Tampa Bay, errorless in its previous eight games, commits three gaffes against Seattle that leads to four unearned runs and a 6-2 Mariners win at St. Petersburg.

Friday, June 17
On the day the Blue Jays place Jose Bautista on the disabled list with a sprained toe, Michael Saunders picks up the slack. The 29-year-old Canadian native belts three home runs and knocks in eight runs to easily push Toronto past the Orioles at Baltimore, 13-3. Saunders has 15 homers on the year, just four shy of his career high from 2012 while playing for Seattle.

The Blue Jays, whose offense had been sputtering after being far and away the majors’ most productive offense in 2015, have now scored ten or more runs in five of their last seven games.

Detroit’s Michael Fulmer engages in a scoreless duel with the Royals’ Yordano Ventura (apparently back to being on his best behavior) but caves in when Salavdor Perez launches a sixth-inning home run that ends his streak of consecutive scoreless innings at 34—the longest by a rookie in Tigers history, and the longest by any rookie since Fernando Valenzuela ran up a 35-frame streak in 1981. When Fulmer is removed shortly afterward, the Detroit bullpen collapses by giving up nine runs in 2.1 innings, and the Royals coast to a 10-4 win.

The Mariners’ Franklin Gutierrez, RBI-less over his last nine games, drills two home runs and a bases-loaded double, knocking in six to lead Seattle to an 8-4 win over the Red Sox at Boston. Robinson Cano adds a solo homer, his 247th as a second baseman—breaking the AL record previously held by Joe Gordon.

The Rays draw their largest crowd in ten years (40,135) as Pride Night is declared in memory of the 49 people killed earlier in the week by a lone wolf terrorist at a gay nightclub in nearby Orlando. After a lengthy pregame ceremony that includes a prerecorded message of solidarity from commissioner Rob Manfred, the Giants go out and defeat the Rays 5-1 behind Jeff Samardzija’s complete-game effort; a chance at a shutout is ruined with two outs in the ninth when Brad Miller goes deep. It’s the major league-leading fifth time this season that a Giants pitcher has gone the distance.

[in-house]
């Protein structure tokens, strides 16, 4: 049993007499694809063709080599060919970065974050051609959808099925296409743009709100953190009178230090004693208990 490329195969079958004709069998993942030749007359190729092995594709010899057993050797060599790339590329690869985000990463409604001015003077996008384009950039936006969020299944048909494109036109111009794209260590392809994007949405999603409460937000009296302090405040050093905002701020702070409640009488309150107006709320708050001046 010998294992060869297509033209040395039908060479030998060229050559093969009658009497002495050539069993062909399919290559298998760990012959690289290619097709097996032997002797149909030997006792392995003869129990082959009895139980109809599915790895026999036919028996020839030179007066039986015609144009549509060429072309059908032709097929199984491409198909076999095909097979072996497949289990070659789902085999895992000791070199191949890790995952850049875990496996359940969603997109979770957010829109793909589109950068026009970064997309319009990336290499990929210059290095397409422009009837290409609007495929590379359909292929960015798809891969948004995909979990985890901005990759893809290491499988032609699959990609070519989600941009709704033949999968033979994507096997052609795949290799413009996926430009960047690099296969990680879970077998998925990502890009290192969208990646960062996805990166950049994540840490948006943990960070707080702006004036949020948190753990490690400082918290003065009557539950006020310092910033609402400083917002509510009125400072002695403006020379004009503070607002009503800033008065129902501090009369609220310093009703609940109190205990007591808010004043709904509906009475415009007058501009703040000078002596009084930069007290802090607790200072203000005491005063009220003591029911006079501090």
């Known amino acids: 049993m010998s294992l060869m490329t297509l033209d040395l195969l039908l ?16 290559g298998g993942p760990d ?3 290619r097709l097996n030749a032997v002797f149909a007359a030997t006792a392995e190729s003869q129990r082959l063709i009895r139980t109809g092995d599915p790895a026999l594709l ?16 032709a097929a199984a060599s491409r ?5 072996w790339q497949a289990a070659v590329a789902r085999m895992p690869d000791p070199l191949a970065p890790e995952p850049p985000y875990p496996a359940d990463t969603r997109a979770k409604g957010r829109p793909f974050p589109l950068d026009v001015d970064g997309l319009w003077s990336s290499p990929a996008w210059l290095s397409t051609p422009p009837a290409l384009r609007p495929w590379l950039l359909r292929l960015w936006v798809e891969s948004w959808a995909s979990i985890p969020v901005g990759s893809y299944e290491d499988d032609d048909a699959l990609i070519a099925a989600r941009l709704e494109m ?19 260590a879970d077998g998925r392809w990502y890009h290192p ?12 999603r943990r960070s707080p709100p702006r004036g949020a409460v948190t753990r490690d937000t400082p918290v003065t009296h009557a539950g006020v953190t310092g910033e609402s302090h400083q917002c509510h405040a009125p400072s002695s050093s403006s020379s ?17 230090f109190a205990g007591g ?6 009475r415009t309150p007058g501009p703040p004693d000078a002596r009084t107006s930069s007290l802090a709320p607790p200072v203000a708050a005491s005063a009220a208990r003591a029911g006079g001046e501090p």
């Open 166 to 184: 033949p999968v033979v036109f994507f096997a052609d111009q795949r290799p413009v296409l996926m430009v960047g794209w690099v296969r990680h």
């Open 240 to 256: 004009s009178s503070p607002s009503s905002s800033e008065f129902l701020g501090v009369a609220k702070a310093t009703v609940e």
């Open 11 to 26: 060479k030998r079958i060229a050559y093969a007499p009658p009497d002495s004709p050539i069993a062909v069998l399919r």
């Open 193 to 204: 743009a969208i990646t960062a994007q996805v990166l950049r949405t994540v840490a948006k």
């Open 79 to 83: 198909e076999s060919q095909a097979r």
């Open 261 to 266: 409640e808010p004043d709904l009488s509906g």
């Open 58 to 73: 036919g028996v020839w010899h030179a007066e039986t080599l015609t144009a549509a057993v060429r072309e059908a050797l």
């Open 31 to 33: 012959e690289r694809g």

Saturday, June 18
Tim Lincecum, making his debut with the Angels and pitching in the majors for the first time in nearly a year after nine seasons with San Francisco, allows a run on four hits over six innings in a 7-1 victory over the A’s at Oakland. The crowd of 25,078 includes many Giants fans watching one of their past favorites.

In a classic case of watching those “who we thought they were,” Zack Greinke throws eight strong innings while Paul Goldschmidt has two hits (including his 14th homer) to lead Arizona to a 4-1 defeat of the Phillies at Philadelphia. Greinke has now won seven straight starts after starting the year with a 3-3 record and 5.26 ERA; Goldschmidt, batting .223 as late as May 16, is hitting .377 over 29 games since; and the Phillies have lost 22 of 28 after starting the year with a surprising 24-17 record.

Never count out the Texas Rangers. Trailing at St. Louis 3-0 after Cardinals starter Carlos Martinez departs with seven shutout innings, the Rangers plate two runs in each of the final two innings against Cardinals relievers to prevail, 4-3. It’s the seventh time this year that Texas has bounced back to win after trailing by three or more runs; it currently owns the AL’s best record at 44-25.